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[FORETHOUGHT] Prep Students for Success

October November 2007


Willard Daggett of the International Center for Leadership in Education explains how rigor, relevance, and relationships are keys to success.

As educators, we are constantly challenged to prepare students for successful futures. But in an ever-evolving global economy that is driven by rapid technological changes, who can say what the future will look like? It’s true that we can’t anticipate every technical skill students will have to master, but we do know they will need to develop critical-thinking, creative, and analytical skills to solve problems we cannot yet imagine. The future requires that we create rigorous and relevant curricula now to help our students learn how to adapt to new situations—to know what to do when they do not know what to do.

Meanwhile, we also face the immediate challenges of today’s world. Accountability requirements push our schools to focus on ensuring that students pass standardized tests and achieve a narrowly defined idea of academic achievement. These pressures make it even more critical for us as educators to push beyond question-and-answer learning and teach the higher-order thinking skills students will need to compete in the global economy.

To meet that need, schools must rigorously determine curricula and teaching practices, not just student scores. We need to look at not just what students know, but whether or not they are learning to apply new knowledge in a myriad of ways. Researchers at the International Center for Leadership in Education have developed a plan to examine curricula, instruction, and assessment to ensure that rigor and relevance are addressed. This Rigor/Relevance Framework is a necessary tool for assessing the teaching of deeper learning.

The framework looks at the level of engagement with subject matter, from basic awareness to the ability to synthesize and evaluate new information. At the same time, it looks at whether or not curricula help students take what they know and apply it beyond the classroom. Using this framework, we can assess whether students are simply acquiring knowledge (Quadrant A) or progressing to the application, assimilation, and adaptation of new knowledge (Quadrants B, C, and D).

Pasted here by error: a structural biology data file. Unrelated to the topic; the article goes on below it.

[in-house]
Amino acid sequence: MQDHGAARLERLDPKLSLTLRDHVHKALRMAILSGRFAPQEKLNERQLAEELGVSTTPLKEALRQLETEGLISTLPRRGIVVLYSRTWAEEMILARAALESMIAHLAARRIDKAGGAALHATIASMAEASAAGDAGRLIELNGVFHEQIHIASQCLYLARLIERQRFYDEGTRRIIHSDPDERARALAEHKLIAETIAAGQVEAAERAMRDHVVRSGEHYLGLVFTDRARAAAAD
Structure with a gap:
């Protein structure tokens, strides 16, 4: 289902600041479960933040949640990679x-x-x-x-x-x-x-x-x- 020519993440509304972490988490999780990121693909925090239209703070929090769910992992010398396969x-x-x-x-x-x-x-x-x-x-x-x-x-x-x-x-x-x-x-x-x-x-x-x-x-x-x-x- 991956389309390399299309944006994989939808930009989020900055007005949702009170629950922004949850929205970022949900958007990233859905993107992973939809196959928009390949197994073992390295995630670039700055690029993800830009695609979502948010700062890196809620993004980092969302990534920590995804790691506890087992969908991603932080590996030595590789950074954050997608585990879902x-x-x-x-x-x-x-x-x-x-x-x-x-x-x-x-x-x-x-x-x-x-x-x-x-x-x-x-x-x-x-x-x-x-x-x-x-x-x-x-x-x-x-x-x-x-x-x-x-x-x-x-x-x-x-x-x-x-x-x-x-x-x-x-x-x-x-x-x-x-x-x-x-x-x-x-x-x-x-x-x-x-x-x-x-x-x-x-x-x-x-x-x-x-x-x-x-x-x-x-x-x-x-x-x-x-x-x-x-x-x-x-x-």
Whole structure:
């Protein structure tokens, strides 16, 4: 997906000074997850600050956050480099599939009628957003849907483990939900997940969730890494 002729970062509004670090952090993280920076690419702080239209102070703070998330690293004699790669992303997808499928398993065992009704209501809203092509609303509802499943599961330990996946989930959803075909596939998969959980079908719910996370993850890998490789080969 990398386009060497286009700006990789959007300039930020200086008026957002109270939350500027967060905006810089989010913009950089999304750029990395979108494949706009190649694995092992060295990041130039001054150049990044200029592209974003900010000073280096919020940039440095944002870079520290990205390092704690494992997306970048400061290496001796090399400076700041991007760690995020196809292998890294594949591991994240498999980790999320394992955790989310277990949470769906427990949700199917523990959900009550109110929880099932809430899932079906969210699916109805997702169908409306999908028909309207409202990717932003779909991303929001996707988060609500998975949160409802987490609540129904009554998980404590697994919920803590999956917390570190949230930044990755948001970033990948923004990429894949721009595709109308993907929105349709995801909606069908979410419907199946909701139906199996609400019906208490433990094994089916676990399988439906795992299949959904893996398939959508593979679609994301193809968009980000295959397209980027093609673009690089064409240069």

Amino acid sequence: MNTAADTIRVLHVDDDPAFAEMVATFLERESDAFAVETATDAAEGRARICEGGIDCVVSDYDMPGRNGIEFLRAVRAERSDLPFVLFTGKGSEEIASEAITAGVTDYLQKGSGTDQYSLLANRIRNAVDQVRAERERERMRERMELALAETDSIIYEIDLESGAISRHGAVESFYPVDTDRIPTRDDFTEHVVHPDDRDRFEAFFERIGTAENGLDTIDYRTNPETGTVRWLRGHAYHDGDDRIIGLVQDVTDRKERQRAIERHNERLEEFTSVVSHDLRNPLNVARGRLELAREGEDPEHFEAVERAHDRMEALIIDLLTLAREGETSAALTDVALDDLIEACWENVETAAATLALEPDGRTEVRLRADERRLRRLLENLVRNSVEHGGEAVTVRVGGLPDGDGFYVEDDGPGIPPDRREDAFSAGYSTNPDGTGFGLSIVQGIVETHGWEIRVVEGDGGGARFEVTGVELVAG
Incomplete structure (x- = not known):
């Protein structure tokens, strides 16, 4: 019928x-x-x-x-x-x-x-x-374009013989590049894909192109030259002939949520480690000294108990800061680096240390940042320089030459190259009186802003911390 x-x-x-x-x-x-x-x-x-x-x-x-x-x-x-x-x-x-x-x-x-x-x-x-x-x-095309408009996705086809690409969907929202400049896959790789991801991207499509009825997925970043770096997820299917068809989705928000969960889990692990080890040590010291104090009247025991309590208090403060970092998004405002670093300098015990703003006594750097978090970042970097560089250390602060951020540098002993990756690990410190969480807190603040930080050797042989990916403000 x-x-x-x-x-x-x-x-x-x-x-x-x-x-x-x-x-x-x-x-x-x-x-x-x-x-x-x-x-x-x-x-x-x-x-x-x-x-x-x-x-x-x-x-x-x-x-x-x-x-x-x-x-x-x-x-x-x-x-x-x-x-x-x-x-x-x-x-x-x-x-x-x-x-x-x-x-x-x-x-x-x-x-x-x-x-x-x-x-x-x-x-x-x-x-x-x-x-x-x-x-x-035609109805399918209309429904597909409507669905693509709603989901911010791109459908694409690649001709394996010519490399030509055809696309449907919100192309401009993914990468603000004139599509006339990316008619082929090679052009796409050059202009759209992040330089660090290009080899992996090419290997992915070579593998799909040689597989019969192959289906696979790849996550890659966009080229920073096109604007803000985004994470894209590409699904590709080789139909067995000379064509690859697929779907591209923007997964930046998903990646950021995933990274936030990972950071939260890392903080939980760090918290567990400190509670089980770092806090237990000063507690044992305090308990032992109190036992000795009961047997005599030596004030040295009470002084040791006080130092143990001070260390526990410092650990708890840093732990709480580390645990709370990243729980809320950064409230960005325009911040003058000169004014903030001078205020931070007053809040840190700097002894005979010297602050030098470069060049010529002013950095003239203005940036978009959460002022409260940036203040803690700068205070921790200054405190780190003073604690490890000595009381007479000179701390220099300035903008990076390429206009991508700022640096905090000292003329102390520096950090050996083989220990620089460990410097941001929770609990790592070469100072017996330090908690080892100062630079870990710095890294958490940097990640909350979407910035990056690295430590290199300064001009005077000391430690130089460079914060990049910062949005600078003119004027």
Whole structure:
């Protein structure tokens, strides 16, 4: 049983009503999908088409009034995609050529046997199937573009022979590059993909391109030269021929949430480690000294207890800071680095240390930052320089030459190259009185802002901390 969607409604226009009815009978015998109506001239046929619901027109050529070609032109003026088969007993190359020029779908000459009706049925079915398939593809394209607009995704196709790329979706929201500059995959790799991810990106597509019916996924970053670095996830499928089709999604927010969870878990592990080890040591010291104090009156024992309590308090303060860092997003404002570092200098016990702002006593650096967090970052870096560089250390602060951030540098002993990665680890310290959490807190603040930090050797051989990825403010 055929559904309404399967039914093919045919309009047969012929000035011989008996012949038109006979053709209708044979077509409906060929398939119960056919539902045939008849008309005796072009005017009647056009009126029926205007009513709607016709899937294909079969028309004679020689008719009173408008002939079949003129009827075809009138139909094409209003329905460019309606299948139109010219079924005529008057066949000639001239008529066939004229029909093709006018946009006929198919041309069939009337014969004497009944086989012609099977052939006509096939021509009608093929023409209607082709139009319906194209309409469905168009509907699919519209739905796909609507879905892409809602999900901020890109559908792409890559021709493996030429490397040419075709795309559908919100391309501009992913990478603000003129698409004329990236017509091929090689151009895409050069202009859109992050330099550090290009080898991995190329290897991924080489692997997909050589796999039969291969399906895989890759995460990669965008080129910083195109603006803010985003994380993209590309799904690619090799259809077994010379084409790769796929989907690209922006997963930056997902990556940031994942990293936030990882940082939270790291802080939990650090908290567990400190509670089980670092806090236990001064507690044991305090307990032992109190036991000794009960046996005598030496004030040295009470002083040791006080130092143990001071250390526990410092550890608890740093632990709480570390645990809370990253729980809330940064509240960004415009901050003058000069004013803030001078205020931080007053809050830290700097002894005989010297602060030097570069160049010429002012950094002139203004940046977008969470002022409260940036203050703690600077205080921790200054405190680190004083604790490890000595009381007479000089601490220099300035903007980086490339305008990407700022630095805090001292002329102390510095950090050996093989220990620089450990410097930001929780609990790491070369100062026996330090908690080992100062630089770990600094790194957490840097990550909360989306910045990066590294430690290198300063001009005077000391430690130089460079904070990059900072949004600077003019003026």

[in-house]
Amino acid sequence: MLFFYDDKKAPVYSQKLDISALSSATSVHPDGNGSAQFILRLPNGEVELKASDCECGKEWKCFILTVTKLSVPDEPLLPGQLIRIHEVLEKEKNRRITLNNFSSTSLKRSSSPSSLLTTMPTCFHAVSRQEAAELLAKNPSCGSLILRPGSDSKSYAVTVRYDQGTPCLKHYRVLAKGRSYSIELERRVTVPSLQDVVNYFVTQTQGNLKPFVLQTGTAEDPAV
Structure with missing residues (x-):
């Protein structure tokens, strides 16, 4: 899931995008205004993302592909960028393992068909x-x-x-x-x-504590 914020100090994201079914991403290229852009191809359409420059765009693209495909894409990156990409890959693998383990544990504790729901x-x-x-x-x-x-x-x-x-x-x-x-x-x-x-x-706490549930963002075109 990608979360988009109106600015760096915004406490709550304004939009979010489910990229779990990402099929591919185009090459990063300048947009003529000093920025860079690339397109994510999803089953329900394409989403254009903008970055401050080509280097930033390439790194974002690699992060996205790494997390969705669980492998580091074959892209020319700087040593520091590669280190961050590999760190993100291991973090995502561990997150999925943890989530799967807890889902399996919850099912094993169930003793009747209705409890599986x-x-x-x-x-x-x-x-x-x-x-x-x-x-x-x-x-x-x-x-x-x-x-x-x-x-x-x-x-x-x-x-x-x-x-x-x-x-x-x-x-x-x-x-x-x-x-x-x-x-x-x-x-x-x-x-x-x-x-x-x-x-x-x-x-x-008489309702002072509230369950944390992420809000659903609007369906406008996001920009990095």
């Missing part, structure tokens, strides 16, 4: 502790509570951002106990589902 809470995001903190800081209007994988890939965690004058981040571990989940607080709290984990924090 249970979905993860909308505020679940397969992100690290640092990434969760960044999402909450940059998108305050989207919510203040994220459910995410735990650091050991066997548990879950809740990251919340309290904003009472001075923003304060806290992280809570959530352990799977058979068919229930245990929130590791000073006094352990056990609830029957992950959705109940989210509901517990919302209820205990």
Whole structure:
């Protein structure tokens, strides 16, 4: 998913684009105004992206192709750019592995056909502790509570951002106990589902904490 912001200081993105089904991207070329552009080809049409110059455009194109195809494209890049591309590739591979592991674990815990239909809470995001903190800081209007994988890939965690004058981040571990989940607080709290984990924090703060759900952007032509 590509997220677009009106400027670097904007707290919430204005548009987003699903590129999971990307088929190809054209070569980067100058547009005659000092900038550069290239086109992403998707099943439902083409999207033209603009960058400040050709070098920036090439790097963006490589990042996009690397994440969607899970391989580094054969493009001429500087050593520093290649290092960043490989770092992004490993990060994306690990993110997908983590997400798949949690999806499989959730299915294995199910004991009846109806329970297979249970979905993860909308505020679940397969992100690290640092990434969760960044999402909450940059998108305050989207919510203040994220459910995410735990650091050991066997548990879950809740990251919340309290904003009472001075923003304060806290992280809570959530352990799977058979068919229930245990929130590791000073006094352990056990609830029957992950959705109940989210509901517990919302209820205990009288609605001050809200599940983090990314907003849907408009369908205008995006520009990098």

Consider how the Rigor/Relevance Framework can be applied to fourth-grade math. The rote task of memorizing multiplication tables would fall under Quadrant A, acquiring knowledge. When students collect outside temperatures for a period of time, do the calculations, and graph the results, that’s application of knowledge. Quadrant C could include finding the values in number sentences when those values are represented by unknowns. Finally, in Quadrant D, students could work together to develop a formula for estimating the number of beans contained in a jar.

What works for the Rigor/Relevance Framework is that it provides a structure that enables schools to ask the right questions about the curriculum: Is it going deep enough? Is it asking students to be flexible thinkers, take risks, analyze real-world problems, and propose creative solutions?It is no longer sufficient to merely address the minimum academic needs and requirements of our students. By focusing on the new three R’s—rigor, relevance, and relationships—we can set the stage for our students’ future successes. @

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